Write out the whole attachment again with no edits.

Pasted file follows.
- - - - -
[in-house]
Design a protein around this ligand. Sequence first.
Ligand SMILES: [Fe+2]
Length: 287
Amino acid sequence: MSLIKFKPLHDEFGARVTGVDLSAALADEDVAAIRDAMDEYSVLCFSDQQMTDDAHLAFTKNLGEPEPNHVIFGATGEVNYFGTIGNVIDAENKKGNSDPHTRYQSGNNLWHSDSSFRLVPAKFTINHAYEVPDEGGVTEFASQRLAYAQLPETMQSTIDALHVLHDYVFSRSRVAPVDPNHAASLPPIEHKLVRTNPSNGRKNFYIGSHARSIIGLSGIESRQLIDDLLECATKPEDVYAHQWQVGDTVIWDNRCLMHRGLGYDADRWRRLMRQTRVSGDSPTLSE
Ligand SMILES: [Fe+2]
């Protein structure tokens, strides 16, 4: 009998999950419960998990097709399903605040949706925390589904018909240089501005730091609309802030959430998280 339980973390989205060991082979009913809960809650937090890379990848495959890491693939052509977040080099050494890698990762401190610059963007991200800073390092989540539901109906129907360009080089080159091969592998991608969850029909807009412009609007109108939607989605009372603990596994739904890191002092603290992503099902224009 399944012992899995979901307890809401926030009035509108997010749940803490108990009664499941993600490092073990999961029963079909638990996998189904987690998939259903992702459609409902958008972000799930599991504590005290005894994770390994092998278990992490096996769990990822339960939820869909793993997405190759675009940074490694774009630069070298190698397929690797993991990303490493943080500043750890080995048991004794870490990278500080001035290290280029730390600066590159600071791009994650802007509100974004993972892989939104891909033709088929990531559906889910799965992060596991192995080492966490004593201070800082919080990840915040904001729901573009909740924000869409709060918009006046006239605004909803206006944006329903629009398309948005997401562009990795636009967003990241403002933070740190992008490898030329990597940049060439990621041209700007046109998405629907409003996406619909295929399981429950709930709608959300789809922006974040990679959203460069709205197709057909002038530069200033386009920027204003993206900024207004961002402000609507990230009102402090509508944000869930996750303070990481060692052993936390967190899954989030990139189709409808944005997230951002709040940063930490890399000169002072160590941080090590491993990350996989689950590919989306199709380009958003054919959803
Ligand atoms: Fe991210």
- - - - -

[in-house]
Design a protein around this ligand. Sequence first.
Ligand SMILES: [Fe+2]
Length: 287
Amino acid sequence: MSLIKFKPLHDEFGARVTGVDLSAALADEDVAAIRDAMDEYSVLCFSDQQMTDDAHLAFTKNLGEPEPNHVIFGATGEVNYFGTIGNVIDAENKKGNSDPHTRYQSGNNLWHSDSSFRLVPAKFTINHAYEVPDEGGVTEFASQRLAYAQLPETMQSTIDALHVLHDYVFSRSRVAPVDPNHAASLPPIEHKLVRTNPSNGRKNFYIGSHARSIIGLSGIESRQLIDDLLECATKPEDVYAHQWQVGDTVIWDNRCLMHRGLGYDADRWRRLMRQTRVSGDSPTLSE
Ligand SMILES: [Fe+2]
């Protein structure tokens, strides 16, 4: 009998999950419960998990097709399903605040949706925390589904018909240089501005730091609309802030959430998280 339980973390989205060991082979009913809960809650937090890379990848495959890491693939052509977040080099050494890698990762401190610059963007991200800073390092989540539901109906129907360009080089080159091969592998991608969850029909807009412009609007109108939607989605009372603990596994739904890191002092603290992503099902224009 399944012992899995979901307890809401926030009035509108997010749940803490108990009664499941993600490092073990999961029963079909638990996998189904987690998939259903992702459609409902958008972000799930599991504590005290005894994770390994092998278990992490096996769990990822339960939820869909793993997405190759675009940074490694774009630069070298190698397929690797993991990303490493943080500043750890080995048991004794870490990278500080001035290290280029730390600066590159600071791009994650802007509100974004993972892989939104891909033709088929990531559906889910799965992060596991192995080492966490004593201070800082919080990840915040904001729901573009909740924000869409709060918009006046006239605004909803206006944006329903629009398309948005997401562009990795636009967003990241403002933070740190992008490898030329990597940049060439990621041209700007046109998405629907409003996406619909295929399981429950709930709608959300789809922006974040990679959203460069709205197709057909002038530069200033386009920027204003993206900024207004961002402000609507990230009102402090509508944000869930996750303070990481060692052993936390967190899954989030990139189709409808944005997230951002709040940063930490890399000169002072160590941080090590491993990350996989689950590919989306199709380009958003054919959803
Ligand atoms: Fe991210």